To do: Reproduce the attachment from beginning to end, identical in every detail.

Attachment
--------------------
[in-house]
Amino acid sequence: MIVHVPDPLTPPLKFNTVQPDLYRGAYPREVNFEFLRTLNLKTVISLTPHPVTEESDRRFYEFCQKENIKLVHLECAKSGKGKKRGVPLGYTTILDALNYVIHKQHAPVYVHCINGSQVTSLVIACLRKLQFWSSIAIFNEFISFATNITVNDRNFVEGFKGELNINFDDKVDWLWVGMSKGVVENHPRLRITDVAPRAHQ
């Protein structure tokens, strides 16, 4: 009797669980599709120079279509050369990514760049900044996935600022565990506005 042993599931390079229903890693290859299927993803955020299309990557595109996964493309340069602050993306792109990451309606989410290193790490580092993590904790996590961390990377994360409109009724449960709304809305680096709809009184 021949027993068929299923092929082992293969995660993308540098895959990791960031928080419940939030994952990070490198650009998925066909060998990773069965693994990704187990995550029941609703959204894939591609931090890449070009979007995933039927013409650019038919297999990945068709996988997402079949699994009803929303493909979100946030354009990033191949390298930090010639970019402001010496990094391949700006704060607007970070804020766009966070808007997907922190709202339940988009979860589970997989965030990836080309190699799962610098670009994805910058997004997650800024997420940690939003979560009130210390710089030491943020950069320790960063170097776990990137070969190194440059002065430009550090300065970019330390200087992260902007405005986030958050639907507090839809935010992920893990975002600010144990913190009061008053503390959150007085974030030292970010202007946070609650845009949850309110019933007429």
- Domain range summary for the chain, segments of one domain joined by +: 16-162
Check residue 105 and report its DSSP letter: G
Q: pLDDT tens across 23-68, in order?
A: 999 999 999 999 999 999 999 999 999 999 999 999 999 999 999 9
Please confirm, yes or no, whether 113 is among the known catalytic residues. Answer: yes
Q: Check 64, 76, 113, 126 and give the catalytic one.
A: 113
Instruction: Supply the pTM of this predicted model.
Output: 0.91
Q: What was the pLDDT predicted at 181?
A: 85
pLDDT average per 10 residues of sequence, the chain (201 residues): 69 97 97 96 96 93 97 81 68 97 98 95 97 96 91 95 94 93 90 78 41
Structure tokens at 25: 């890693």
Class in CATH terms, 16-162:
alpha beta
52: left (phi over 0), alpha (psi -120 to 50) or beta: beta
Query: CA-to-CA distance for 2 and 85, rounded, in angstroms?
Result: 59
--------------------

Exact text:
[in-house]
Amino acid sequence: MIVHVPDPLTPPLKFNTVQPDLYRGAYPREVNFEFLRTLNLKTVISLTPHPVTEESDRRFYEFCQKENIKLVHLECAKSGKGKKRGVPLGYTTILDALNYVIHKQHAPVYVHCINGSQVTSLVIACLRKLQFWSSIAIFNEFISFATNITVNDRNFVEGFKGELNINFDDKVDWLWVGMSKGVVENHPRLRITDVAPRAHQ
């Protein structure tokens, strides 16, 4: 009797669980599709120079279509050369990514760049900044996935600022565990506005 042993599931390079229903890693290859299927993803955020299309990557595109996964493309340069602050993306792109990451309606989410290193790490580092993590904790996590961390990377994360409109009724449960709304809305680096709809009184 021949027993068929299923092929082992293969995660993308540098895959990791960031928080419940939030994952990070490198650009998925066909060998990773069965693994990704187990995550029941609703959204894939591609931090890449070009979007995933039927013409650019038919297999990945068709996988997402079949699994009803929303493909979100946030354009990033191949390298930090010639970019402001010496990094391949700006704060607007970070804020766009966070808007997907922190709202339940988009979860589970997989965030990836080309190699799962610098670009994805910058997004997650800024997420940690939003979560009130210390710089030491943020950069320790960063170097776990990137070969190194440059002065430009550090300065970019330390200087992260902007405005986030958050639907507090839809935010992920893990975002600010144990913190009061008053503390959150007085974030030292970010202007946070609650845009949850309110019933007429």
- Domain range summary for the chain, segments of one domain joined by +: 16-162
Check residue 105 and report its DSSP letter: G
Q: pLDDT tens across 23-68, in order?
A: 999 999 999 999 999 999 999 999 999 999 999 999 999 999 999 9
Please confirm, yes or no, whether 113 is among the known catalytic residues. Answer: yes
Q: Check 64, 76, 113, 126 and give the catalytic one.
A: 113
Instruction: Supply the pTM of this predicted model.
Output: 0.91
Q: What was the pLDDT predicted at 181?
A: 85
pLDDT average per 10 residues of sequence, the chain (201 residues): 69 97 97 96 96 93 97 81 68 97 98 95 97 96 91 95 94 93 90 78 41
Structure tokens at 25: 């890693």
Class in CATH terms, 16-162:
alpha beta
52: left (phi over 0), alpha (psi -120 to 50) or beta: beta
Query: CA-to-CA distance for 2 and 85, rounded, in angstroms?
Result: 59